L.A. and her husband are doing yard work on a hot and humid day. L.A. spends ~3 hours outside and is exposed to direct sunlight, sweating profusely in an attempt to cool herself. She begins to feel disoriented and weak and when she summons her husband for help she ends up collapsing. She wakes up in the emergency department hooked up to an IV.
1.3 What is the composition of the fluid remaining in the body compartment affected?
Clinical Scenario 2:
B.D. is in a vehicular accident and suffers significant trauma, including a sizeable laceration to his leg. He is bleeding when the emergency responders arrive and continues bleeding during transport to the emergency room.
2.3 What is the composition of the fluid remaining in the body compartment affected?
Clinical Scenario 3:
G.R. is running a marathon (26.2 miles) for a local charity on a warm day. Thankfully, the course organizers have set up aid stations at every mile of the run, offering up ice-cold water. G.R. takes a few cups at each station and, by mile 18, is feeling bloated and disorientated. She stumbles to the side of the course and collapses. G.R. wakes up in the emergency department hooked up to an IV.
3.4 Justify an IV fluid treatment most appropriate for the scenario. Support with your understanding of physiology and cell volume regulation.
Meg Newton is a 32 year old assistant at a veterinary clinic. She feeds, grooms, and exercises the animals housed for prolonged stays. At age 27, she had an episode of blurred vision and was having trouble reading the newspaper and the fine print on labels. Concerned, she made an appointment with an optometrist, but when her vision cleared on its own, she was relieved and canceled the appointment. Ten months later the blurred vision returned, this time with other symptoms that could not be ignored. She had double vision and a ‘pins and needles’ feeling with severe weakness in her legs. She was even too weak to perform her routine activities at work.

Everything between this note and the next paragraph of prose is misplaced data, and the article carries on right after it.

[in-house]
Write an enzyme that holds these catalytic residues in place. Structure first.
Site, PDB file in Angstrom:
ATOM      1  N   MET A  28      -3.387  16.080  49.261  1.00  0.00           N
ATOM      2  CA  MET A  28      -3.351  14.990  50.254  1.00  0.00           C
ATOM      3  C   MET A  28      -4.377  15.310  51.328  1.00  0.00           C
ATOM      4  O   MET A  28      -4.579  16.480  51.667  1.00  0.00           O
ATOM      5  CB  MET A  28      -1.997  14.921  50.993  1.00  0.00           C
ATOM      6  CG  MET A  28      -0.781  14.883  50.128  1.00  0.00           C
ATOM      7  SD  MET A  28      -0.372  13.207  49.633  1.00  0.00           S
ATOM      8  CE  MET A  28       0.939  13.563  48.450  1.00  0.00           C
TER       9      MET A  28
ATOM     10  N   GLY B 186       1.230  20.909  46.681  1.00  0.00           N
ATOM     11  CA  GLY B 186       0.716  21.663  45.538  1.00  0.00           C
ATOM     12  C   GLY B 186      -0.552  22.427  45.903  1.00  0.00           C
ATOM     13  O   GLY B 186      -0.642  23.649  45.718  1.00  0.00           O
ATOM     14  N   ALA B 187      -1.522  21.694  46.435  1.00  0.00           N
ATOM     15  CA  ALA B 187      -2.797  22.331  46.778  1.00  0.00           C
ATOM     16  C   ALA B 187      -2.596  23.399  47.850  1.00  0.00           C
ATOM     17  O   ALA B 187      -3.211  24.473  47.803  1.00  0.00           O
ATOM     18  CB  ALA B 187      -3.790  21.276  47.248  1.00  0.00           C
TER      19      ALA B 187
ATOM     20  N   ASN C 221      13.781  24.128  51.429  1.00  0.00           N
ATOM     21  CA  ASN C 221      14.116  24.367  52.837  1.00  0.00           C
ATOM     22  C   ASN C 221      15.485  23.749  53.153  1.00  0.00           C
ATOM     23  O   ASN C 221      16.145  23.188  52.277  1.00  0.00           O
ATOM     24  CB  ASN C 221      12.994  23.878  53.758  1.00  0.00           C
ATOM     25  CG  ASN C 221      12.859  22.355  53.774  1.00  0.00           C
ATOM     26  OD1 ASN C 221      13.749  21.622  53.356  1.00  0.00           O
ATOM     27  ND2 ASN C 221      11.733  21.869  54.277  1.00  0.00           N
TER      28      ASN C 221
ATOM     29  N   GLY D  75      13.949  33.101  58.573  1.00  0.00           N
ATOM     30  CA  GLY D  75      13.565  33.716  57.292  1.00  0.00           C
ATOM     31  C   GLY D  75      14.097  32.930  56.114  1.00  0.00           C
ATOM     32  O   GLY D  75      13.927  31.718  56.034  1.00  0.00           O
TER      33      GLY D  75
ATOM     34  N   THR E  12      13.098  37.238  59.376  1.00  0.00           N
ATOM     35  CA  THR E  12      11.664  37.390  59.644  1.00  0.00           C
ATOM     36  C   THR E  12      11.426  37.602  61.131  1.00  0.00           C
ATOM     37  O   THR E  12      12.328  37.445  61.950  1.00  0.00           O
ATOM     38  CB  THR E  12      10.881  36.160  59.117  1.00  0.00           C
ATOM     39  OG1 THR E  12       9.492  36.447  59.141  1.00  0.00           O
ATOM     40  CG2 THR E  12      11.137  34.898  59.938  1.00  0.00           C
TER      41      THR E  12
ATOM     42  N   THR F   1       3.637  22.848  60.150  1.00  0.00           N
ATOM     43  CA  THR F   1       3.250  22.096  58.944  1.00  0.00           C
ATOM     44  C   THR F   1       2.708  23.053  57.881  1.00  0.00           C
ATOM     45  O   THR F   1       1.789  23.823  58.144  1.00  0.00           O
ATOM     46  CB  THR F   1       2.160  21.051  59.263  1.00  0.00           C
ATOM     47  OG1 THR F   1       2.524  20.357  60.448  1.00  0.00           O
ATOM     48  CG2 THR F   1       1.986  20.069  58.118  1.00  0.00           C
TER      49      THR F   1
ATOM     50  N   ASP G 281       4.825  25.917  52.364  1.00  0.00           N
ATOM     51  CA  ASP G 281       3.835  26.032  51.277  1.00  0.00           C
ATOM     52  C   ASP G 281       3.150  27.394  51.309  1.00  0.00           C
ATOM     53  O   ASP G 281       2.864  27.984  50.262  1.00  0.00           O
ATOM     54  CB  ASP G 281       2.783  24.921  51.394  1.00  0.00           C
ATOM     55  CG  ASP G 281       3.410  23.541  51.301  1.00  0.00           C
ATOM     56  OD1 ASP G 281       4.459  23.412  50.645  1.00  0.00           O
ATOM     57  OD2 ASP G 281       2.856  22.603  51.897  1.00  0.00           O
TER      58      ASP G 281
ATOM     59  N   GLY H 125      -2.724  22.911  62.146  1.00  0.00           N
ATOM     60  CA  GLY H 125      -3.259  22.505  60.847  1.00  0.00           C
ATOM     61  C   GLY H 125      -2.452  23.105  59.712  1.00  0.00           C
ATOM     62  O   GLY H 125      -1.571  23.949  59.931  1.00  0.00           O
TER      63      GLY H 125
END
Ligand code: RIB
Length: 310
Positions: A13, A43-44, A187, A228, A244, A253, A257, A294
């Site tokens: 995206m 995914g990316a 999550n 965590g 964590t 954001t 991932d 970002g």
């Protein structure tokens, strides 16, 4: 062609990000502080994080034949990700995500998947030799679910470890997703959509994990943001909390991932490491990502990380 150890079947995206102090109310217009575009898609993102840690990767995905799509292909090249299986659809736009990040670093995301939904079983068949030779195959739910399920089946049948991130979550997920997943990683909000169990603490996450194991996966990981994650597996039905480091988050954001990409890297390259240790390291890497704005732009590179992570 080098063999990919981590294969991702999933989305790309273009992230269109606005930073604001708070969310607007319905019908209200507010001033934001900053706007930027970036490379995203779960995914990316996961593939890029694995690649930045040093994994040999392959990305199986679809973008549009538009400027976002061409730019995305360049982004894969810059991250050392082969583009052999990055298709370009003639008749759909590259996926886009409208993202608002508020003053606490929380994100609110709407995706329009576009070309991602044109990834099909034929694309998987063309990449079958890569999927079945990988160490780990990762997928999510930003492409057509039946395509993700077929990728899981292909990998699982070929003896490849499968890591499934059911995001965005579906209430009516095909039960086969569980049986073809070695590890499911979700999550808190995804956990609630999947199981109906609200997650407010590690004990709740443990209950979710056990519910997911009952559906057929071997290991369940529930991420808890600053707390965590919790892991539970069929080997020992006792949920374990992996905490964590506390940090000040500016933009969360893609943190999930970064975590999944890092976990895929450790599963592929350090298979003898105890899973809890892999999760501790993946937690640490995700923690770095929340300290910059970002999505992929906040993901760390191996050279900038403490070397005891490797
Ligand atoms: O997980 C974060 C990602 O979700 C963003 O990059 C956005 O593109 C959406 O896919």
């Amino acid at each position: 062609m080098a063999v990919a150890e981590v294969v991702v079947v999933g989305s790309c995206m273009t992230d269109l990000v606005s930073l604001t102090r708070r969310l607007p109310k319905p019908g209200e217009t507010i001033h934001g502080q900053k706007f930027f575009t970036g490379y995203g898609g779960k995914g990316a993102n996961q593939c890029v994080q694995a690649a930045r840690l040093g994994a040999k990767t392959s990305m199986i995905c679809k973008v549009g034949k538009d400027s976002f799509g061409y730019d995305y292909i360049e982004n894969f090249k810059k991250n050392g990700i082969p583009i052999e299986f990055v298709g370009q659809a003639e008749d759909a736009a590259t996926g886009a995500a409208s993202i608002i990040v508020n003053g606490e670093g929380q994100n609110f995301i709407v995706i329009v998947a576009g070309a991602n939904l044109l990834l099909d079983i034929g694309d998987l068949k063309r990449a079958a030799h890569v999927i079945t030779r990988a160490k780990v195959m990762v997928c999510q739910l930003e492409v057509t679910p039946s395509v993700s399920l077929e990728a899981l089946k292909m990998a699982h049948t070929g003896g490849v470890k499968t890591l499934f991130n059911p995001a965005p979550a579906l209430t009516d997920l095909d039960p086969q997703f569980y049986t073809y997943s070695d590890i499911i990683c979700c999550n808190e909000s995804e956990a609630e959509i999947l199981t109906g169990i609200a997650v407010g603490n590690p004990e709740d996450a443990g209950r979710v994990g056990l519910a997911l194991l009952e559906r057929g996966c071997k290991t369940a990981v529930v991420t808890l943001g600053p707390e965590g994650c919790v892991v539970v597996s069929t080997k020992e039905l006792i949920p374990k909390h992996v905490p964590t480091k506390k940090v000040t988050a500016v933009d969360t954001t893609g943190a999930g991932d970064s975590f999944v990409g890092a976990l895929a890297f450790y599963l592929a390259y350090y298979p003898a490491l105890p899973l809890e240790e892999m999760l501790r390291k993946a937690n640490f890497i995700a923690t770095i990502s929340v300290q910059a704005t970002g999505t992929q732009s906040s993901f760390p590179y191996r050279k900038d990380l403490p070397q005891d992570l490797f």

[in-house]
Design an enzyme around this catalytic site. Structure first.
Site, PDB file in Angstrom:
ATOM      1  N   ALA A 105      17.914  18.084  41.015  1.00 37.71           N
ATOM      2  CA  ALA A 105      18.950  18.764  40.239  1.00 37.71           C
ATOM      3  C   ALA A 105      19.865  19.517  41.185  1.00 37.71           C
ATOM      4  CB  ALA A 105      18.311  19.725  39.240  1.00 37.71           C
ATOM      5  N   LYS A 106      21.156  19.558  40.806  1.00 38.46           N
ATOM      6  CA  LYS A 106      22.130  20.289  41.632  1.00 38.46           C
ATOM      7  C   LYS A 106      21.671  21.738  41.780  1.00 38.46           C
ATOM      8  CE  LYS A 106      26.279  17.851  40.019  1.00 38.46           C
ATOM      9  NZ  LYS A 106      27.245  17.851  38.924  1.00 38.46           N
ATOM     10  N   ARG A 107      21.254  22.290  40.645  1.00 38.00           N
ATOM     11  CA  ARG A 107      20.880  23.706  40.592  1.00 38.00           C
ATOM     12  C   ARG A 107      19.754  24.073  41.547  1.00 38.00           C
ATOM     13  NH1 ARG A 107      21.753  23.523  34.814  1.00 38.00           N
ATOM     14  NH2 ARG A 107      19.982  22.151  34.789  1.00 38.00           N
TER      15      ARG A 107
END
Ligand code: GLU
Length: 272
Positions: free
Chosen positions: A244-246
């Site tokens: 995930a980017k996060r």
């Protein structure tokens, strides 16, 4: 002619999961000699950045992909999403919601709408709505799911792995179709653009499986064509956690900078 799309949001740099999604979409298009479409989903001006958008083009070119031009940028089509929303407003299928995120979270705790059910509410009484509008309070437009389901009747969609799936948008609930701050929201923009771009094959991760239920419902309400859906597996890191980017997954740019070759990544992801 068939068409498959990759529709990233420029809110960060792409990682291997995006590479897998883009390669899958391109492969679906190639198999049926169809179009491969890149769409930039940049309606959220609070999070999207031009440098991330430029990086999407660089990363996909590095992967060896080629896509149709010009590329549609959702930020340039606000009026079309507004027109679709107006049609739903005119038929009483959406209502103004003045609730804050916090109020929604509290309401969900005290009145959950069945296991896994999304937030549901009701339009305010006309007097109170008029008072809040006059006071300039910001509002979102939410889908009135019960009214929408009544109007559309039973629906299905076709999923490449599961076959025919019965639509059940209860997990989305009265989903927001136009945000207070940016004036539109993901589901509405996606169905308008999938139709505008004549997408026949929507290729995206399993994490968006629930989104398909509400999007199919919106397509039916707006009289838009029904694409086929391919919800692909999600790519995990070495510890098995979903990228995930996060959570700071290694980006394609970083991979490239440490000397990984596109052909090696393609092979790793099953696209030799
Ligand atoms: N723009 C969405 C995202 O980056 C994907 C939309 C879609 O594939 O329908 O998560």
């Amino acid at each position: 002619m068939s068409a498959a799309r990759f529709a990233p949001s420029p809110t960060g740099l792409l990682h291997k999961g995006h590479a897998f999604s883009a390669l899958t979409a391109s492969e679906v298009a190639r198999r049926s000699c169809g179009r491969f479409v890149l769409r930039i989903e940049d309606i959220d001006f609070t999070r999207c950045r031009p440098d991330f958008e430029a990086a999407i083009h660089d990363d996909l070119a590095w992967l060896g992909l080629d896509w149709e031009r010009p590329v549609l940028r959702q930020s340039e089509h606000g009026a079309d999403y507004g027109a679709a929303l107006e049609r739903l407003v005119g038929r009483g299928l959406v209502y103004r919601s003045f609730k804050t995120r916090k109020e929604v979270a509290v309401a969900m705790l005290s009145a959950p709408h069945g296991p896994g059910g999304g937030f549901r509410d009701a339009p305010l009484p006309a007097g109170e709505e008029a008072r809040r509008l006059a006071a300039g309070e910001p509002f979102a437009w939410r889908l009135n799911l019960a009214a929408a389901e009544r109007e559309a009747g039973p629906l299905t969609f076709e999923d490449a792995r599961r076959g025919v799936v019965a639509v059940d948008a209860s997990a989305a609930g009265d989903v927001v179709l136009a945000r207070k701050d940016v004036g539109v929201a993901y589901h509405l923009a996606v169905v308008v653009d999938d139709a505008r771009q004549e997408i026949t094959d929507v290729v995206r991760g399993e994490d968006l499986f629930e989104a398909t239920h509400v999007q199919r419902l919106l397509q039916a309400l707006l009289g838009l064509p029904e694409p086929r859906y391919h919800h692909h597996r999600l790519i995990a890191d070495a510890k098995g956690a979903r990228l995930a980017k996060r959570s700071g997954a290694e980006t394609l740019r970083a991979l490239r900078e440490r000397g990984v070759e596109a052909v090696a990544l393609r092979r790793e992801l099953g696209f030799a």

Meg was referred to a neurologist, who ordered a series of test. MRI of the brain showed lesions typical of multiple sclerosis. Visual-evoked potentials had a prolonged latency that was consistent with decreased nerve conduction. Since the diagnosis, Meg has had two relapses, and she is currently being treated with interferon beta.
3. Is the axial/intracellular resistance of Meg’s axon changing? Why or why not? How do you change an axial/intracellular resistance and can that be achieved under normal circumstances?
5. What is occurring at the nodes of Ranvier distal to the stimulus in multiple sclerosis? What has occurred to saltatory conduction in this patient and why?
These solutions may offer step-by-step problem-solving explanations or good writing examples that include modern styles of formatting and construction of bibliographies out of text citations and references. Students may use these solutions for personal skill-building and practice. Unethical use is strictly forbidden.1.3 The case appears top be impact of due to heat stroke and extreme dehydration due to sweating. As we know sweat is produced from the blood plasma and in case of extreme the water is made available from the intracellular fluid to maintain homeostasis. Hence the intracellular compartment is affected.
2.3 As the patient was bleeding, it was the extracellular fluid that was being lost or in other words the vascular comportment that is replaced by the interstitial component of the ECF. The intravascular fluid is composed of plasma without the blood cells and it contains about 91-92% of water, 8-9% of organic and inorganic materials, salts of different substances like sodium,potassium, chloride, magnesium etc, along with dissolved gases oxygen,...
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